This survey comes swiftly on the heels of similar surveys published recently,
including a study by the Common Information Environment in early 2005 regarding
the internet usage statistics of UK users, and the Digital Future Survey that
came out of the Annenburg School for the Digital Future in Southern California
around the same time, and looks at American internet user trends.
In particular the HEIRNET survey was run in conjunction with a detailed survey of user needs for information resources in higher and further education, led by the Contextual Resource Evaluation Environment (CREE) project at the University of Hull (Awre et al 2005). This study sought views from across the many disciplines and users found in higher education institutions, whereas the HEIRNET survey was established to ask similar questions across a single disciplinary community, irrespective of institutional setting. Questions were thus designed so that results of both surveys could be as comparable as possible.
The HEIRNET User Survey 2005 ran between April 08, 2005 and May 18, 2005 and a display of the raw results was made available to the HEIRNET consortium on their website while the surveys were still being sent in.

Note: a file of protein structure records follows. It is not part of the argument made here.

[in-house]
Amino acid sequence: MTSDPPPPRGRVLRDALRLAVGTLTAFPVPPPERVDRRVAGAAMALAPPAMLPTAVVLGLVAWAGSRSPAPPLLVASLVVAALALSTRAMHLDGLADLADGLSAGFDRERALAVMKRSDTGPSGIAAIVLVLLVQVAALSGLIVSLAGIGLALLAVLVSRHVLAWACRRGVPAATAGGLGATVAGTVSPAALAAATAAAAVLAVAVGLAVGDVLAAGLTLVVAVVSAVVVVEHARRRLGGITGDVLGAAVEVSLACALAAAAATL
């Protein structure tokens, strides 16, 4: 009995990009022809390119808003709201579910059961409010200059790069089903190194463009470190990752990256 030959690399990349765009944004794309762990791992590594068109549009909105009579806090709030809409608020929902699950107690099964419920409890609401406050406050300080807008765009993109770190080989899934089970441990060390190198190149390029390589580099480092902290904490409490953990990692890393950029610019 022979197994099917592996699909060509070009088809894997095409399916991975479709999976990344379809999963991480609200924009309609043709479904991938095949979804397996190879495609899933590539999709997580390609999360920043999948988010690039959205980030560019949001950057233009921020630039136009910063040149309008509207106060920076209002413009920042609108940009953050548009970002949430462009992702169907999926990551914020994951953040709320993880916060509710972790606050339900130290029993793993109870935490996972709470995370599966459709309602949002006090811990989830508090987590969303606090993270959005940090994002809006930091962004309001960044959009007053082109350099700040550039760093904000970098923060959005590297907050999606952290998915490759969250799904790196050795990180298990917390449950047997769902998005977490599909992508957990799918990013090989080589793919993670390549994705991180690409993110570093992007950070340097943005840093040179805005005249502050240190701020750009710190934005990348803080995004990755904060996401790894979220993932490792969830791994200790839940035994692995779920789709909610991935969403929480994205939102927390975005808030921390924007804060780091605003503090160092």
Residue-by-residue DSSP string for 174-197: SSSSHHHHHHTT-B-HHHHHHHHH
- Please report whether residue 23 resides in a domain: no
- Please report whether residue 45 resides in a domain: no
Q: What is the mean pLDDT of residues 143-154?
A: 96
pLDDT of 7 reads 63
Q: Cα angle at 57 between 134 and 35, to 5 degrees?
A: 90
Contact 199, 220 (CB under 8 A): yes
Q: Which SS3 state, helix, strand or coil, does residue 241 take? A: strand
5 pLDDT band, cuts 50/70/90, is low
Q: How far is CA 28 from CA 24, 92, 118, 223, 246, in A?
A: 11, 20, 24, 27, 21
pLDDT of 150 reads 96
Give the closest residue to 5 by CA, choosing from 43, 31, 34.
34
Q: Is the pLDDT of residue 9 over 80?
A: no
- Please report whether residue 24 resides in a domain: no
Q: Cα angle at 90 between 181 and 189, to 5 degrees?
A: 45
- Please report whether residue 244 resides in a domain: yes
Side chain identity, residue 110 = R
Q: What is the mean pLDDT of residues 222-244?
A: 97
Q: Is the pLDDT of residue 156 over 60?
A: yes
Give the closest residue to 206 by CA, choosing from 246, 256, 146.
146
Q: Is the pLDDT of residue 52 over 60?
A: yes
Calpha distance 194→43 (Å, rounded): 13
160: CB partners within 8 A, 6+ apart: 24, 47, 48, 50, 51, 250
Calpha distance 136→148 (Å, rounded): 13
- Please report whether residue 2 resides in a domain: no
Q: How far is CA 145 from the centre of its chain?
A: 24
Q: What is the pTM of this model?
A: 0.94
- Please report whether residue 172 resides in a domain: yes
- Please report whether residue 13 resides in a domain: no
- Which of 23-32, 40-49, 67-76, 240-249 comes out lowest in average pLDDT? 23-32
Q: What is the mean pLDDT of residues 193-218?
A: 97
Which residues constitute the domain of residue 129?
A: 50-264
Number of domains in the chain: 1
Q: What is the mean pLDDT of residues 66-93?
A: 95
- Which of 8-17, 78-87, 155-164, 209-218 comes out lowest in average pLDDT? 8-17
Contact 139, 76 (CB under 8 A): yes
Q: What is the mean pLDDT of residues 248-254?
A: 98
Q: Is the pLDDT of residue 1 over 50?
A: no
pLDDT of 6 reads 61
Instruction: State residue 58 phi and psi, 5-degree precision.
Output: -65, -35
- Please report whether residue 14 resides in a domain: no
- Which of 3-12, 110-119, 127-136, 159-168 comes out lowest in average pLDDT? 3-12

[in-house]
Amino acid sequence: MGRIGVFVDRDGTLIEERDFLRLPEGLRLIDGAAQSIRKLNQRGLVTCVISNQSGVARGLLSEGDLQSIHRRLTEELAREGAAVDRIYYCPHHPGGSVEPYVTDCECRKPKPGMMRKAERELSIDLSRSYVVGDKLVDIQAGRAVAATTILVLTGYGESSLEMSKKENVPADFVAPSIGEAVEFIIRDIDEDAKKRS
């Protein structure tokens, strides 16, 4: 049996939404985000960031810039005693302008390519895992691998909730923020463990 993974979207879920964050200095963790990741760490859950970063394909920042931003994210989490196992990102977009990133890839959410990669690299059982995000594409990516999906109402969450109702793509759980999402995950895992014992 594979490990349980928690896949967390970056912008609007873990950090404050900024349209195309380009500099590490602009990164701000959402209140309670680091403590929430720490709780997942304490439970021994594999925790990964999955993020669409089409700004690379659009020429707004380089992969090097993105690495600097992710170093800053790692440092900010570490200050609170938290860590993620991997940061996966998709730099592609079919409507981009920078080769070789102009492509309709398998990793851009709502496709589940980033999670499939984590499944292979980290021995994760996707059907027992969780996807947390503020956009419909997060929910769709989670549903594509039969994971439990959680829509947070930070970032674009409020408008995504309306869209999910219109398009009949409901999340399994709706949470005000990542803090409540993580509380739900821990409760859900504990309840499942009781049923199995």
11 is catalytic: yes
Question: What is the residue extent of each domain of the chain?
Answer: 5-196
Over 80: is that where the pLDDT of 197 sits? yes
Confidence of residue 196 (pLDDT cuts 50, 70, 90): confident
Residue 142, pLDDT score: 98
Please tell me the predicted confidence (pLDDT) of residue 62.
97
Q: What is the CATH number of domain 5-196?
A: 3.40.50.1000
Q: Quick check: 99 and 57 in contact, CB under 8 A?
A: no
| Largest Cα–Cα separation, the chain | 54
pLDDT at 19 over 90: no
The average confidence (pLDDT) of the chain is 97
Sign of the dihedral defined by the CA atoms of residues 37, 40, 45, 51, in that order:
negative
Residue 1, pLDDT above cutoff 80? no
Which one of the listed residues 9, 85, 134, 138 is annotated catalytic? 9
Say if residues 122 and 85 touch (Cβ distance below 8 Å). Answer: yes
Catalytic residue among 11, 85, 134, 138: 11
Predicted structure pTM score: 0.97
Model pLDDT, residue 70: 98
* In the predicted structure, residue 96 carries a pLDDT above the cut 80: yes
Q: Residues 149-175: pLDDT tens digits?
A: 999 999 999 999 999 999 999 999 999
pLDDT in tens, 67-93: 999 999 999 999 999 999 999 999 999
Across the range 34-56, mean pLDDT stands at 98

The survey could be completed in either Flash or HTML format, with 8 questions to answer. The sites that participated in hosting the survey were all part of the HEIRNET consortium, and hosted within the UK, although respondents were not limited to just UK residents. The survey was hosted by The Archaeology Data Service (ADS), English Heritage (EH), The Council for British Archaeology (CBA), The Portable Antiquities Scheme (PAS), The Royal Commission on the Ancient and Historical Monuments of Scotland (RCAHMS), and The Royal Commission of the Ancient and Historic Monuments of Wales (RCAHMW), all of whom had one or more online projects or sites being examined in the survey. Most of these sites advertised the survey through either a pop-up, a banner ad on their site, or by asking for participants through relevant email lists at their disposal. 741 surveys were returned in total, although some were not fully completed and could not be used for every question.
The original data has been retained and can be requested for further analysis by contacting the ADS (firstname.lastname@example.org)